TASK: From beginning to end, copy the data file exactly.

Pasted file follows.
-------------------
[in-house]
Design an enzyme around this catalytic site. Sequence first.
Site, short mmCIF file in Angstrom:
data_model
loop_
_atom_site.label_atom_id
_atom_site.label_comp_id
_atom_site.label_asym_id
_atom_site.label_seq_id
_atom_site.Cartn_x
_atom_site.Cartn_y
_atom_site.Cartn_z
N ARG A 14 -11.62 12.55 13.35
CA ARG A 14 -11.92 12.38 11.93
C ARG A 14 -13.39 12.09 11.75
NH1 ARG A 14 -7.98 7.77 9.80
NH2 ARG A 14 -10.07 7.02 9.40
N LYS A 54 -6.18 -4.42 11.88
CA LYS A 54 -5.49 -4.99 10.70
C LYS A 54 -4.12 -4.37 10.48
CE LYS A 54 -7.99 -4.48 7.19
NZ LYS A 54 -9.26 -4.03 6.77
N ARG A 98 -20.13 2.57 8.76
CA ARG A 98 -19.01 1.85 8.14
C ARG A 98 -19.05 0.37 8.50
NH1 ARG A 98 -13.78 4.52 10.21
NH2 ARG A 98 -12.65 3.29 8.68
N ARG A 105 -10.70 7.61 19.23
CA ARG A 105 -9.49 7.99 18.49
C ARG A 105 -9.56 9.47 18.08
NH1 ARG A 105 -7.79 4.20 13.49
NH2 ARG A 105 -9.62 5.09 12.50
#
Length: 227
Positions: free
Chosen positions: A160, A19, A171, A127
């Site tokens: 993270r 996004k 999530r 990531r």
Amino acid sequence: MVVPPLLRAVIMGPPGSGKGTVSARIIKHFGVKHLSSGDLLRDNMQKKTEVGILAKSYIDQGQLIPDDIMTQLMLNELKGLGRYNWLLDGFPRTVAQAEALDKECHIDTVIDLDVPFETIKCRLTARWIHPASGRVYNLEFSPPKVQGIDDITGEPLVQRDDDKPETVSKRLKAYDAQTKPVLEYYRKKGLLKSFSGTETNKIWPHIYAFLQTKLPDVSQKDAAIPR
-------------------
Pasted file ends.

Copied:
[in-house]
Design an enzyme around this catalytic site. Sequence first.
Site, short mmCIF file in Angstrom:
data_model
loop_
_atom_site.label_atom_id
_atom_site.label_comp_id
_atom_site.label_asym_id
_atom_site.label_seq_id
_atom_site.Cartn_x
_atom_site.Cartn_y
_atom_site.Cartn_z
N ARG A 14 -11.62 12.55 13.35
CA ARG A 14 -11.92 12.38 11.93
C ARG A 14 -13.39 12.09 11.75
NH1 ARG A 14 -7.98 7.77 9.80
NH2 ARG A 14 -10.07 7.02 9.40
N LYS A 54 -6.18 -4.42 11.88
CA LYS A 54 -5.49 -4.99 10.70
C LYS A 54 -4.12 -4.37 10.48
CE LYS A 54 -7.99 -4.48 7.19
NZ LYS A 54 -9.26 -4.03 6.77
N ARG A 98 -20.13 2.57 8.76
CA ARG A 98 -19.01 1.85 8.14
C ARG A 98 -19.05 0.37 8.50
NH1 ARG A 98 -13.78 4.52 10.21
NH2 ARG A 98 -12.65 3.29 8.68
N ARG A 105 -10.70 7.61 19.23
CA ARG A 105 -9.49 7.99 18.49
C ARG A 105 -9.56 9.47 18.08
NH1 ARG A 105 -7.79 4.20 13.49
NH2 ARG A 105 -9.62 5.09 12.50
#
Length: 227
Positions: free
Chosen positions: A160, A19, A171, A127
């Site tokens: 993270r 996004k 999530r 990531r």
Amino acid sequence: MVVPPLLRAVIMGPPGSGKGTVSARIIKHFGVKHLSSGDLLRDNMQKKTEVGILAKSYIDQGQLIPDDIMTQLMLNELKGLGRYNWLLDGFPRTVAQAEALDKECHIDTVIDLDVPFETIKCRLTARWIHPASGRVYNLEFSPPKVQGIDDITGEPLVQRDDDKPETVSKRLKAYDAQTKPVLEYYRKKGLLKSFSGTETNKIWPHIYAFLQTKLPDVSQKDAAIPR